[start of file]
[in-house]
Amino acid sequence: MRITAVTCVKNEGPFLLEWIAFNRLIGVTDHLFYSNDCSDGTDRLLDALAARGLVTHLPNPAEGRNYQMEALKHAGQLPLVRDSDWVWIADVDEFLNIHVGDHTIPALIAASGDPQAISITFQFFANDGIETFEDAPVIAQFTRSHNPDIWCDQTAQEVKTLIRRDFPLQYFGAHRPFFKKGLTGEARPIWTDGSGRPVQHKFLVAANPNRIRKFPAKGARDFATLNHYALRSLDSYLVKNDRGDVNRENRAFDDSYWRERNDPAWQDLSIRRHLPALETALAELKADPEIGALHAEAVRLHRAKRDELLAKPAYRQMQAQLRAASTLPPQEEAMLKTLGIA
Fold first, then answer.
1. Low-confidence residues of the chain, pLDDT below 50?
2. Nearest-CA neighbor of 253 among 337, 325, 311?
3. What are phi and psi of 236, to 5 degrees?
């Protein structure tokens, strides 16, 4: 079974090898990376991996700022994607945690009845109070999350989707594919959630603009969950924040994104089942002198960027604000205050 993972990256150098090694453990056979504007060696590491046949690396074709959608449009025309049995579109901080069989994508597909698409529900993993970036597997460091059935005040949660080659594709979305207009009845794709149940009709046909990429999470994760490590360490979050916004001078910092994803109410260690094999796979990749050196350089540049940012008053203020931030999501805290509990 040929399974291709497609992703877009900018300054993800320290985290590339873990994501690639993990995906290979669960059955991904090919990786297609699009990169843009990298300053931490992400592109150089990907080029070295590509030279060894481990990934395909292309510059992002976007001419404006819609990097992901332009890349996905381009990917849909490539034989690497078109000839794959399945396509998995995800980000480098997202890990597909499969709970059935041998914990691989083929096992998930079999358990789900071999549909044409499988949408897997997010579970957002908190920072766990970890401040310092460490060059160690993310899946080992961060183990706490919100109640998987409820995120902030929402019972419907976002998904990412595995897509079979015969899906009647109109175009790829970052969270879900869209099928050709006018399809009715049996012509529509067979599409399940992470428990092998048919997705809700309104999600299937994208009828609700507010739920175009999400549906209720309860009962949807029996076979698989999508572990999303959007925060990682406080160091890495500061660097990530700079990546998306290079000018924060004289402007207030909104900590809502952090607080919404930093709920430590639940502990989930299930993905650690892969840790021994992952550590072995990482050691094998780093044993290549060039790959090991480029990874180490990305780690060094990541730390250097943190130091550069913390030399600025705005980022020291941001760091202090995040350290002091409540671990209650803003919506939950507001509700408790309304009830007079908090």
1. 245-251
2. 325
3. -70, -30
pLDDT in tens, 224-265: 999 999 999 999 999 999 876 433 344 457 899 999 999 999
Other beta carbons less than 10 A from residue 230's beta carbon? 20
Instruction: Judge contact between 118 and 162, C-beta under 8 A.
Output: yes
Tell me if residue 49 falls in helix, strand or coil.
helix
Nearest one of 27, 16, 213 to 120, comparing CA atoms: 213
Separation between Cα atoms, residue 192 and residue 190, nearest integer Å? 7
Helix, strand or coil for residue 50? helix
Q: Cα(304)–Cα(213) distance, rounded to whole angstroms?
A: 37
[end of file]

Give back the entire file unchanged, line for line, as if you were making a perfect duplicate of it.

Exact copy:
[in-house]
Amino acid sequence: MRITAVTCVKNEGPFLLEWIAFNRLIGVTDHLFYSNDCSDGTDRLLDALAARGLVTHLPNPAEGRNYQMEALKHAGQLPLVRDSDWVWIADVDEFLNIHVGDHTIPALIAASGDPQAISITFQFFANDGIETFEDAPVIAQFTRSHNPDIWCDQTAQEVKTLIRRDFPLQYFGAHRPFFKKGLTGEARPIWTDGSGRPVQHKFLVAANPNRIRKFPAKGARDFATLNHYALRSLDSYLVKNDRGDVNRENRAFDDSYWRERNDPAWQDLSIRRHLPALETALAELKADPEIGALHAEAVRLHRAKRDELLAKPAYRQMQAQLRAASTLPPQEEAMLKTLGIA
Fold first, then answer.
1. Low-confidence residues of the chain, pLDDT below 50?
2. Nearest-CA neighbor of 253 among 337, 325, 311?
3. What are phi and psi of 236, to 5 degrees?
């Protein structure tokens, strides 16, 4: 079974090898990376991996700022994607945690009845109070999350989707594919959630603009969950924040994104089942002198960027604000205050 993972990256150098090694453990056979504007060696590491046949690396074709959608449009025309049995579109901080069989994508597909698409529900993993970036597997460091059935005040949660080659594709979305207009009845794709149940009709046909990429999470994760490590360490979050916004001078910092994803109410260690094999796979990749050196350089540049940012008053203020931030999501805290509990 040929399974291709497609992703877009900018300054993800320290985290590339873990994501690639993990995906290979669960059955991904090919990786297609699009990169843009990298300053931490992400592109150089990907080029070295590509030279060894481990990934395909292309510059992002976007001419404006819609990097992901332009890349996905381009990917849909490539034989690497078109000839794959399945396509998995995800980000480098997202890990597909499969709970059935041998914990691989083929096992998930079999358990789900071999549909044409499988949408897997997010579970957002908190920072766990970890401040310092460490060059160690993310899946080992961060183990706490919100109640998987409820995120902030929402019972419907976002998904990412595995897509079979015969899906009647109109175009790829970052969270879900869209099928050709006018399809009715049996012509529509067979599409399940992470428990092998048919997705809700309104999600299937994208009828609700507010739920175009999400549906209720309860009962949807029996076979698989999508572990999303959007925060990682406080160091890495500061660097990530700079990546998306290079000018924060004289402007207030909104900590809502952090607080919404930093709920430590639940502990989930299930993905650690892969840790021994992952550590072995990482050691094998780093044993290549060039790959090991480029990874180490990305780690060094990541730390250097943190130091550069913390030399600025705005980022020291941001760091202090995040350290002091409540671990209650803003919506939950507001509700408790309304009830007079908090």
1. 245-251
2. 325
3. -70, -30
pLDDT in tens, 224-265: 999 999 999 999 999 999 876 433 344 457 899 999 999 999
Other beta carbons less than 10 A from residue 230's beta carbon? 20
Instruction: Judge contact between 118 and 162, C-beta under 8 A.
Output: yes
Tell me if residue 49 falls in helix, strand or coil.
helix
Nearest one of 27, 16, 213 to 120, comparing CA atoms: 213
Separation between Cα atoms, residue 192 and residue 190, nearest integer Å? 7
Helix, strand or coil for residue 50? helix
Q: Cα(304)–Cα(213) distance, rounded to whole angstroms?
A: 37